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Tuesday, Sep 27, 2022

Bus Tours Showcase a Region’s Finest Attributes to Attract Business


With a U.S. Olympic Training Center; thousands of acres of undeveloped land zoned for industrial uses; new shopping malls; a planned four-year university in Chula Vista; revitalization projects in Imperial Beach; and improvements at the Brown Field airport, San Diego’s South County economic development leaders have lots of selling points for businesses looking to expand or relocate into the region.

These are all benefits that Cindy Gompper-Graves, South County Economic Development Council chief executive officer, strongly promotes. In particular, these South County attributes are highlighted during occasional business economic tours given by the South County EDC. The purpose of these bus tours is to showcase what South County’s five cities , Chula Vista, National City, Coronado, Imperial Beach and Otay Mesa , have to offer to businesses in terms of space, infrastructure and amenities.

The typical tour begins with a 10-minute video highlighting the development projects going on in South County, as well as the unique characteristics of the different communities. The bus tour’s first stop is the Chula Vista bay front. Then it’s off to the National City port area, then downtown National City, where there are a lot of redevelopment projects happening. The bus travels down Third Avenue in Chula Vista to the eastern part of the city, where Eastlake Mall and other developments are highlighted, as well as the new site for Monarch Day School.

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Business tour participants are driven down Interstate 805 toward Otay Mesa, where there is vast undeveloped land. Brown Field, the border crossing, San Ysidro and the revitalization along Palm Avenue in Imperial Beach are also tour stops.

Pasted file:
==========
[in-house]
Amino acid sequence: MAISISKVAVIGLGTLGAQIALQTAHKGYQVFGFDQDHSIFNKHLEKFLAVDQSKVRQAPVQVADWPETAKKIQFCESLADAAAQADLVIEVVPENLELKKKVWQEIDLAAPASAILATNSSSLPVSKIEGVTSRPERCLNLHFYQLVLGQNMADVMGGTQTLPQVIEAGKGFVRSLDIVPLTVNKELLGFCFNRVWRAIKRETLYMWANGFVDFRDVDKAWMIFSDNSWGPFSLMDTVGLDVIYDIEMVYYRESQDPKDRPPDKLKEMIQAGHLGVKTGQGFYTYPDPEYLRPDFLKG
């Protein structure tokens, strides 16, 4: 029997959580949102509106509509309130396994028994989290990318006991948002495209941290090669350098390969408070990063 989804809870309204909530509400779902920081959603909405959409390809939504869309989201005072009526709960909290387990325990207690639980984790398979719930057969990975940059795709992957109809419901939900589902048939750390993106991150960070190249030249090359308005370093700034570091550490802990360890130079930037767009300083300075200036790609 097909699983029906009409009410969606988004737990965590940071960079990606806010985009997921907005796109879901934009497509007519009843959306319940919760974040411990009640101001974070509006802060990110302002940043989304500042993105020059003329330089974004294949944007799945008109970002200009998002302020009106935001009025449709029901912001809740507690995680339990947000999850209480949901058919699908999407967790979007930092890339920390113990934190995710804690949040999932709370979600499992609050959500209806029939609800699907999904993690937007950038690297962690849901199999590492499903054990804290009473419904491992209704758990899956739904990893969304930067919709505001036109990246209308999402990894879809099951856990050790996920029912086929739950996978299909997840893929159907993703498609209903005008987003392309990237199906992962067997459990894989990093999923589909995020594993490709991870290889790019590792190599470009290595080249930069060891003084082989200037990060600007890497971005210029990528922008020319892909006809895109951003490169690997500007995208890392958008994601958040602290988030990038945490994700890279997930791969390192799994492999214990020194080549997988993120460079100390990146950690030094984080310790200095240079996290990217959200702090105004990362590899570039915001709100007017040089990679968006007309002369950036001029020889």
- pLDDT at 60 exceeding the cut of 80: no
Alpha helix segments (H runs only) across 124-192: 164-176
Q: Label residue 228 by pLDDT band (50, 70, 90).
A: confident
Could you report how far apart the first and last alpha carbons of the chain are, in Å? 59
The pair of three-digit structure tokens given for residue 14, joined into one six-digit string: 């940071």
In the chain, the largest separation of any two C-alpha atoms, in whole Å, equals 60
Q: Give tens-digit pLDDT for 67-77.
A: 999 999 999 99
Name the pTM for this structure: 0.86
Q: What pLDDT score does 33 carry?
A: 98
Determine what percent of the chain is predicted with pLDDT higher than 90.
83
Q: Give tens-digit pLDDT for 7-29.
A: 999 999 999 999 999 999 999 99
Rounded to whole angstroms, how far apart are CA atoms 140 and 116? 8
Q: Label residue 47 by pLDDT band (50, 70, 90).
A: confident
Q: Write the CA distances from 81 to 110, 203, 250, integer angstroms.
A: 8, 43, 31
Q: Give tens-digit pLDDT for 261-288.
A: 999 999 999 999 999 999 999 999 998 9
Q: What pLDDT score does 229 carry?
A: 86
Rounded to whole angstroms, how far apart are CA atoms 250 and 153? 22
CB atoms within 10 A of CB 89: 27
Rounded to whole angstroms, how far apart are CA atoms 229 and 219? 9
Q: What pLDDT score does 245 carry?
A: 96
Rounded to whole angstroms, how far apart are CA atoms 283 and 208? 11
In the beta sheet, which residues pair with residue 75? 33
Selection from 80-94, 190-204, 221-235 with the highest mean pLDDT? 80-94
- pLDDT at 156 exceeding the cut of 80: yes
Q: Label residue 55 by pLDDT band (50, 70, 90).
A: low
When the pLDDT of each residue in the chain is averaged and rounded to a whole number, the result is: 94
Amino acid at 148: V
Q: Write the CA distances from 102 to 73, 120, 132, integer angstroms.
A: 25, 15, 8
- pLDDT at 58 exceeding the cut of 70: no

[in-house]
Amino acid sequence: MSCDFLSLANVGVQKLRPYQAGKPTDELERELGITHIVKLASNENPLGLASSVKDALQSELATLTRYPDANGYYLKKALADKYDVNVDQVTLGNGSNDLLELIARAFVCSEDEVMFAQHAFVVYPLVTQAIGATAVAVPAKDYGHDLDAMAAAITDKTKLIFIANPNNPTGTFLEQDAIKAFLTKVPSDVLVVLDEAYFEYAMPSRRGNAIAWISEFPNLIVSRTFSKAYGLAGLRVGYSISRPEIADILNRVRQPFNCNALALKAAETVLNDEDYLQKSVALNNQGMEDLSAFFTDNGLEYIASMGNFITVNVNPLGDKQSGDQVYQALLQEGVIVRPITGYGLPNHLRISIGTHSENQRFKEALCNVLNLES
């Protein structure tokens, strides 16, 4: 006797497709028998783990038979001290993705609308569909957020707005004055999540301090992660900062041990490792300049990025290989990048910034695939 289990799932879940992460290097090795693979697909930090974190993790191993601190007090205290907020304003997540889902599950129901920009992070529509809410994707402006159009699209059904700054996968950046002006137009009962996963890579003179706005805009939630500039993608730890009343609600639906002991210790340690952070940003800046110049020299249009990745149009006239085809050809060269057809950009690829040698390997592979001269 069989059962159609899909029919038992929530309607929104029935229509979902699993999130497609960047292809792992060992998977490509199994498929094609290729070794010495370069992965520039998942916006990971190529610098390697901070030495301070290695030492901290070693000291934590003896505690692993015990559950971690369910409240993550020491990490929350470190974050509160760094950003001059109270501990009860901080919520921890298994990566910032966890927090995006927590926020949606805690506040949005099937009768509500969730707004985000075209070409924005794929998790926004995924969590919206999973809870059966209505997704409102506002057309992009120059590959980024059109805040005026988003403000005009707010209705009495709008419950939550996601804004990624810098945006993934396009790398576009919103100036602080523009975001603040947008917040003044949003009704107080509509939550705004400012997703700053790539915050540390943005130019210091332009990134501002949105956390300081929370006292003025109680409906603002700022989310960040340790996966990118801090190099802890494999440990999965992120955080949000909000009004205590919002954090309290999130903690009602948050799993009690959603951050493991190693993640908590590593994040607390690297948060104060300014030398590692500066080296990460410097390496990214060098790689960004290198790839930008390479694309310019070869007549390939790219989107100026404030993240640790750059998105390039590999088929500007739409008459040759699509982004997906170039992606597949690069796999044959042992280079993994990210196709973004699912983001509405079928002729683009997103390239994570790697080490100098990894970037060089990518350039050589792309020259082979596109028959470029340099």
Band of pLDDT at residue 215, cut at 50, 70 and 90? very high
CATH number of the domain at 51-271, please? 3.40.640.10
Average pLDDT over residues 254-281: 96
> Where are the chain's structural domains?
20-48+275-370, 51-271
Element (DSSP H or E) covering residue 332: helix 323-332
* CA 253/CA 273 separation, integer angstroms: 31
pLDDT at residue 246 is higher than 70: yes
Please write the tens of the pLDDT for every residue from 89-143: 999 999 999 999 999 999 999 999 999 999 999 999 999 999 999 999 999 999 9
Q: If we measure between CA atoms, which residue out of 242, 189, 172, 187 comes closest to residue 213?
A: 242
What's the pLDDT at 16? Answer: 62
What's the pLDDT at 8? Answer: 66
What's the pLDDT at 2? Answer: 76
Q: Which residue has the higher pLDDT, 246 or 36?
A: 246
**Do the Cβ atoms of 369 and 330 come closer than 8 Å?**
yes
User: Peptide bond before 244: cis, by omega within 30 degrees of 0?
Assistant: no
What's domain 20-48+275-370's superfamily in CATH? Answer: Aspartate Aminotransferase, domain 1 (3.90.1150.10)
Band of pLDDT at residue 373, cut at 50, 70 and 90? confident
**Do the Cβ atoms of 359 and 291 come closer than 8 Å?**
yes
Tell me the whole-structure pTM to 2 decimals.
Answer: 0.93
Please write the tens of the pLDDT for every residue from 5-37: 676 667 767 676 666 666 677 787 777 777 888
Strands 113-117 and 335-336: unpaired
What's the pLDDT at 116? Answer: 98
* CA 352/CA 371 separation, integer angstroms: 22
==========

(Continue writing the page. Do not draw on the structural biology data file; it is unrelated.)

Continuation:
“We do these tours because so much is happening in South County; there are so many opportunities for investment,” Gompper-Graves said. “It’s a comprehensive way to show people what’s happening here and how it can affect their business.

“Hopefully, they understand South County is a dynamic region. We want them to know that it’s not the same South County as it was 30 years ago, that it is ripe with opportunity and that a lot of other companies are investing here and maybe they should, too.”

Educating businesses about what’s happening in South County may whet their appetite to find out more as they look at their growth plan, Gompper-Graves said.

Custom Tours Offered

The South County EDC also hosts customized tours for business and community leaders interested in learning more about the region. For example, the council recently took members of the Tijuana Economic Development Corp. on a tour of the region, including a drive through Chula Vista and National City. The South County EDC also hosts delegations to Tijuana for the same type of tours. The next tour, scheduled for May, will take South County business leaders to Rosarito in Baja California, home to a lot of explosive growth during the past few years.

“There’s a lot of economic growth happening south of the border, including new freeways, new housing developments and a new satellite city,” Gompper-Graves said. “A lot of people have an interest about what’s happening south of the border. This is a good way to get an overview.”